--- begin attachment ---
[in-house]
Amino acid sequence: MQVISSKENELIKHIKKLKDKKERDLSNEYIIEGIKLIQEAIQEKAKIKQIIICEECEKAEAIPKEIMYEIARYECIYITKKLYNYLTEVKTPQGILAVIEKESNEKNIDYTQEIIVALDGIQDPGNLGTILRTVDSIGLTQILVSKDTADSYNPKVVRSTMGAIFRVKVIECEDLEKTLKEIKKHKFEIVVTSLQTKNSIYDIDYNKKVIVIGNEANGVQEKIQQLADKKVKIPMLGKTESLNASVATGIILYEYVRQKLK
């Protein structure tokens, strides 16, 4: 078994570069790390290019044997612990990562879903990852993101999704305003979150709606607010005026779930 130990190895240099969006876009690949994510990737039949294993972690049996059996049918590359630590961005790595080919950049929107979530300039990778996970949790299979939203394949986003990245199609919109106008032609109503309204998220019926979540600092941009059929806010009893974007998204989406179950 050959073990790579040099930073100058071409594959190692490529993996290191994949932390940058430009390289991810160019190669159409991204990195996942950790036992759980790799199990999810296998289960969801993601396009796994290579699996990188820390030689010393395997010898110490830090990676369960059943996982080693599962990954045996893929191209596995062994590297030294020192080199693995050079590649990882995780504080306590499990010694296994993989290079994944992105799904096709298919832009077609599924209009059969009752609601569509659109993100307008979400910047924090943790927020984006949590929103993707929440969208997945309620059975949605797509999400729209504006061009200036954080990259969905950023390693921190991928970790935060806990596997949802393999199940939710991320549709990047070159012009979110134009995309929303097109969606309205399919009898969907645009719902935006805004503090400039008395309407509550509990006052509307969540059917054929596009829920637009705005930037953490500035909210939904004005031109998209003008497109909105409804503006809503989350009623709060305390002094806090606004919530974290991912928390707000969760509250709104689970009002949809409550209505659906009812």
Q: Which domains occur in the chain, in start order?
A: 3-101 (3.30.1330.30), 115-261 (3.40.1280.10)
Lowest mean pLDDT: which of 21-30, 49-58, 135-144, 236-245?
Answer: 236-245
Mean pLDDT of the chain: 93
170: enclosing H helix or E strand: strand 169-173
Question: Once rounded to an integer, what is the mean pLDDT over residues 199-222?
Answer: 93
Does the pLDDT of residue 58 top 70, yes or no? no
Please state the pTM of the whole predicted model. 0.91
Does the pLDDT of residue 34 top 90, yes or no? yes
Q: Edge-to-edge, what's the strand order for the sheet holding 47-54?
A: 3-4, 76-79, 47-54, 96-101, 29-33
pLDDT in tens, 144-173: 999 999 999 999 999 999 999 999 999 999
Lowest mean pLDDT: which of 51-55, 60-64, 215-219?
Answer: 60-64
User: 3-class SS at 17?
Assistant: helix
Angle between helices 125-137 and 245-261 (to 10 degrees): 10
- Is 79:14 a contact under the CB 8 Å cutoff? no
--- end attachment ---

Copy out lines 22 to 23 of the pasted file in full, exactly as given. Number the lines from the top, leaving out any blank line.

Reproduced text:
Angle between helices 125-137 and 245-261 (to 10 degrees): 10
- Is 79:14 a contact under the CB 8 Å cutoff? no